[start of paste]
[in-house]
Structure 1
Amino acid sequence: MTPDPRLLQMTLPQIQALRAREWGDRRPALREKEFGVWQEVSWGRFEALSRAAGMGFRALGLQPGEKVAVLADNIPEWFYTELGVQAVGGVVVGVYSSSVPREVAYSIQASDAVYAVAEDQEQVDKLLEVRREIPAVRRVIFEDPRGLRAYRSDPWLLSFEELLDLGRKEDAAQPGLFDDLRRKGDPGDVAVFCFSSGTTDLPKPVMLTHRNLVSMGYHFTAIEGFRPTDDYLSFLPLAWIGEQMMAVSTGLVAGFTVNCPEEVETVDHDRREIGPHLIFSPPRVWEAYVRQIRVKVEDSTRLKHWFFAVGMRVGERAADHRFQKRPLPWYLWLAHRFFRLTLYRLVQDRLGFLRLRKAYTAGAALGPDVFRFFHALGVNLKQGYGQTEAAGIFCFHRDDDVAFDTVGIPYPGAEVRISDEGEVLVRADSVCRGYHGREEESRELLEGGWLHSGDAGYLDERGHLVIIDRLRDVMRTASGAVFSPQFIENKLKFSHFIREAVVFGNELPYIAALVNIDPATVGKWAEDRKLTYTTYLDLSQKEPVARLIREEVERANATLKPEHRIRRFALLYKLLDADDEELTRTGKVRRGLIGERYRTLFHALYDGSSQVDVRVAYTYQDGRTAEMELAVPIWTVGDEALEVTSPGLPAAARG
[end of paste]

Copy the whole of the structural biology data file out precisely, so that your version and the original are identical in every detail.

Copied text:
[in-house]
Structure 1
Amino acid sequence: MTPDPRLLQMTLPQIQALRAREWGDRRPALREKEFGVWQEVSWGRFEALSRAAGMGFRALGLQPGEKVAVLADNIPEWFYTELGVQAVGGVVVGVYSSSVPREVAYSIQASDAVYAVAEDQEQVDKLLEVRREIPAVRRVIFEDPRGLRAYRSDPWLLSFEELLDLGRKEDAAQPGLFDDLRRKGDPGDVAVFCFSSGTTDLPKPVMLTHRNLVSMGYHFTAIEGFRPTDDYLSFLPLAWIGEQMMAVSTGLVAGFTVNCPEEVETVDHDRREIGPHLIFSPPRVWEAYVRQIRVKVEDSTRLKHWFFAVGMRVGERAADHRFQKRPLPWYLWLAHRFFRLTLYRLVQDRLGFLRLRKAYTAGAALGPDVFRFFHALGVNLKQGYGQTEAAGIFCFHRDDDVAFDTVGIPYPGAEVRISDEGEVLVRADSVCRGYHGREEESRELLEGGWLHSGDAGYLDERGHLVIIDRLRDVMRTASGAVFSPQFIENKLKFSHFIREAVVFGNELPYIAALVNIDPATVGKWAEDRKLTYTTYLDLSQKEPVARLIREEVERANATLKPEHRIRRFALLYKLLDADDEELTRTGKVRRGLIGERYRTLFHALYDGSSQVDVRVAYTYQDGRTAEMELAVPIWTVGDEALEVTSPGLPAAARG